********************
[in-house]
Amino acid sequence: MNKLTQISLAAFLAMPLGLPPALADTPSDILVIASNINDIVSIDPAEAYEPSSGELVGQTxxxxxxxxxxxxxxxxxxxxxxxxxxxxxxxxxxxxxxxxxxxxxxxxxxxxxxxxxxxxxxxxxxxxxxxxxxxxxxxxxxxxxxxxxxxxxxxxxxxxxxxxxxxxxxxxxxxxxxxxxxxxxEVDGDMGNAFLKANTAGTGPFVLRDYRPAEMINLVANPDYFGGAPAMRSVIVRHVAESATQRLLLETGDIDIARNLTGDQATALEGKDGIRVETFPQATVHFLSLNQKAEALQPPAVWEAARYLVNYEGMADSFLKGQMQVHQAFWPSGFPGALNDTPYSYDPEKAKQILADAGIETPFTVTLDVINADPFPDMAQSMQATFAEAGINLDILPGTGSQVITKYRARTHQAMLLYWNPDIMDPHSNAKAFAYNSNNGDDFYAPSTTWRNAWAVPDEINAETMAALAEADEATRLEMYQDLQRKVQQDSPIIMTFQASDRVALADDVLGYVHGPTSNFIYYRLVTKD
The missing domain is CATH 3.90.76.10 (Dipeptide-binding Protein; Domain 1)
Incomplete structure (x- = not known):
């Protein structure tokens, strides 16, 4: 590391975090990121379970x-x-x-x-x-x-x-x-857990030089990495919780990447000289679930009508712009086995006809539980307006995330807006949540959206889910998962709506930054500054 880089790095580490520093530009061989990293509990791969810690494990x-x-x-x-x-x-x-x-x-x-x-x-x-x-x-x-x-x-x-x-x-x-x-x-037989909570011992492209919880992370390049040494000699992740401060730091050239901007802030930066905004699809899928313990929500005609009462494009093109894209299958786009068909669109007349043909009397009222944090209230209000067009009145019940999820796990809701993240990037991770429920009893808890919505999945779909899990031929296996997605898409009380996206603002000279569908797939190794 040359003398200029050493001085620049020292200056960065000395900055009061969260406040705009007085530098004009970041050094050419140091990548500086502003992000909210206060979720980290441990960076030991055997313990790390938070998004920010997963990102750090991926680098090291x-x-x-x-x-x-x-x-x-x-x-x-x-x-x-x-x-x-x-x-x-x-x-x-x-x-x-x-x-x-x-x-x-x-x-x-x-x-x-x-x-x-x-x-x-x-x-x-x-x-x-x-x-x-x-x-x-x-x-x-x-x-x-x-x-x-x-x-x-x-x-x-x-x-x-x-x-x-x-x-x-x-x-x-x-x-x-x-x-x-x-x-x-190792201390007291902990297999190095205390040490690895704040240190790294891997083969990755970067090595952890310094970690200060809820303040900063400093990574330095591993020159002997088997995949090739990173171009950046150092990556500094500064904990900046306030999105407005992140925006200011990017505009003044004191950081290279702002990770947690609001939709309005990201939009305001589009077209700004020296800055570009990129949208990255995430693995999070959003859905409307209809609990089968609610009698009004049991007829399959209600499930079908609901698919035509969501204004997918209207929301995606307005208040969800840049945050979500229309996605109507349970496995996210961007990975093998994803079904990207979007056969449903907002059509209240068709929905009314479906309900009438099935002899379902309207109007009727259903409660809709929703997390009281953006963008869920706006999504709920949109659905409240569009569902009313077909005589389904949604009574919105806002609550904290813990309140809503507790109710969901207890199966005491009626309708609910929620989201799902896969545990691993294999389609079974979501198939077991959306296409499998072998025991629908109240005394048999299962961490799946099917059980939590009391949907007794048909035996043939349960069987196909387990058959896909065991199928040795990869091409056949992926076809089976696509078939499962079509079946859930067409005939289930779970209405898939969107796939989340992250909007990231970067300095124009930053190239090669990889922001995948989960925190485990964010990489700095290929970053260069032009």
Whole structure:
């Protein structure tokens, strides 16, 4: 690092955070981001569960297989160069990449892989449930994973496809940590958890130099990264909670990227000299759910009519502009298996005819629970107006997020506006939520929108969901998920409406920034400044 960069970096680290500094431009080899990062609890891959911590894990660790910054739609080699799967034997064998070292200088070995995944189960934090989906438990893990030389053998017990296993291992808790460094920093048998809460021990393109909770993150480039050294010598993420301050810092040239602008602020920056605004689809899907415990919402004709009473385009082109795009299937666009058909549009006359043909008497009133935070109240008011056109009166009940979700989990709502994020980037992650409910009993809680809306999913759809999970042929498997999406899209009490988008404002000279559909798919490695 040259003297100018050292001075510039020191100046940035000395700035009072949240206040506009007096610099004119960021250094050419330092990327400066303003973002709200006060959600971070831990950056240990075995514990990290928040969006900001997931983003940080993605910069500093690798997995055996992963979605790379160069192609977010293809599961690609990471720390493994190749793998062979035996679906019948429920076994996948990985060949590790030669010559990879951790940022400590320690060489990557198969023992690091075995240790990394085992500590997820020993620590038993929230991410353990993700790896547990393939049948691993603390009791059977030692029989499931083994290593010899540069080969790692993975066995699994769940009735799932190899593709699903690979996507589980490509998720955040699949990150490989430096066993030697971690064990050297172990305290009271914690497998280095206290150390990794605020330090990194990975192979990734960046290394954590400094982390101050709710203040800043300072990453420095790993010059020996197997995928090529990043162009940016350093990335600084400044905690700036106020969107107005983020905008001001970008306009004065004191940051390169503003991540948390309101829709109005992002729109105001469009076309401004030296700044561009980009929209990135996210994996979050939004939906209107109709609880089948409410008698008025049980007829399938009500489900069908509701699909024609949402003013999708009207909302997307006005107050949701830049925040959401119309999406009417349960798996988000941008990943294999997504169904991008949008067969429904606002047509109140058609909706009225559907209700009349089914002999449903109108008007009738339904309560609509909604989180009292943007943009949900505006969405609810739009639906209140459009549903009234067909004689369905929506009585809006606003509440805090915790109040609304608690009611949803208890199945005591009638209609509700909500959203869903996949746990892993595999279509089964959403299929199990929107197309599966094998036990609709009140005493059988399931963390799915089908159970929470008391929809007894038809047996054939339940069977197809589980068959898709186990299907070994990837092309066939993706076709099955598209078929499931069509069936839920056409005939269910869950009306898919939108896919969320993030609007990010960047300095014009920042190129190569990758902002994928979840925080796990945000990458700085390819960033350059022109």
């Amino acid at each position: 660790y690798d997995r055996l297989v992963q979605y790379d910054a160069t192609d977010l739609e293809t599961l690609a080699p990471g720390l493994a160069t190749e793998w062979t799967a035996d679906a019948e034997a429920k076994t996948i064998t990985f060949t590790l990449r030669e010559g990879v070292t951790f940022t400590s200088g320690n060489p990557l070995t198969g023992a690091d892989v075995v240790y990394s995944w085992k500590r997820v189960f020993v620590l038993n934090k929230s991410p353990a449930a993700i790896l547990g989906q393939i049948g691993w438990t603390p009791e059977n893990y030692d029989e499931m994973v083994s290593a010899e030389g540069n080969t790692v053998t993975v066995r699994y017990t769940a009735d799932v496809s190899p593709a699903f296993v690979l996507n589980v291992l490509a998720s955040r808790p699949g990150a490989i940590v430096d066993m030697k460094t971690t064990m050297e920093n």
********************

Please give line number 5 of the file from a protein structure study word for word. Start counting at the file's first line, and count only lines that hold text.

């Protein structure tokens, strides 16, 4: 590391975090990121379970x-x-x-x-x-x-x-x-857990030089990495919780990447000289679930009508712009086995006809539980307006995330807006949540959206889910998962709506930054500054 880089790095580490520093530009061989990293509990791969810690494990x-x-x-x-x-x-x-x-x-x-x-x-x-x-x-x-x-x-x-x-x-x-x-x-037989909570011992492209919880992370390049040494000699992740401060730091050239901007802030930066905004699809899928313990929500005609009462494009093109894209299958786009068909669109007349043909009397009222944090209230209000067009009145019940999820796990809701993240990037991770429920009893808890919505999945779909899990031929296996997605898409009380996206603002000279569908797939190794 040359003398200029050493001085620049020292200056960065000395900055009061969260406040705009007085530098004009970041050094050419140091990548500086502003992000909210206060979720980290441990960076030991055997313990790390938070998004920010997963990102750090991926680098090291x-x-x-x-x-x-x-x-x-x-x-x-x-x-x-x-x-x-x-x-x-x-x-x-x-x-x-x-x-x-x-x-x-x-x-x-x-x-x-x-x-x-x-x-x-x-x-x-x-x-x-x-x-x-x-x-x-x-x-x-x-x-x-x-x-x-x-x-x-x-x-x-x-x-x-x-x-x-x-x-x-x-x-x-x-x-x-x-x-x-x-x-x-190792201390007291902990297999190095205390040490690895704040240190790294891997083969990755970067090595952890310094970690200060809820303040900063400093990574330095591993020159002997088997995949090739990173171009950046150092990556500094500064904990900046306030999105407005992140925006200011990017505009003044004191950081290279702002990770947690609001939709309005990201939009305001589009077209700004020296800055570009990129949208990255995430693995999070959003859905409307209809609990089968609610009698009004049991007829399959209600499930079908609901698919035509969501204004997918209207929301995606307005208040969800840049945050979500229309996605109507349970496995996210961007990975093998994803079904990207979007056969449903907002059509209240068709929905009314479906309900009438099935002899379902309207109007009727259903409660809709929703997390009281953006963008869920706006999504709920949109659905409240569009569902009313077909005589389904949604009574919105806002609550904290813990309140809503507790109710969901207890199966005491009626309708609910929620989201799902896969545990691993294999389609079974979501198939077991959306296409499998072998025991629908109240005394048999299962961490799946099917059980939590009391949907007794048909035996043939349960069987196909387990058959896909065991199928040795990869091409056949992926076809089976696509078939499962079509079946859930067409005939289930779970209405898939969107796939989340992250909007990231970067300095124009930053190239090669990889922001995948989960925190485990964010990489700095290929970053260069032009």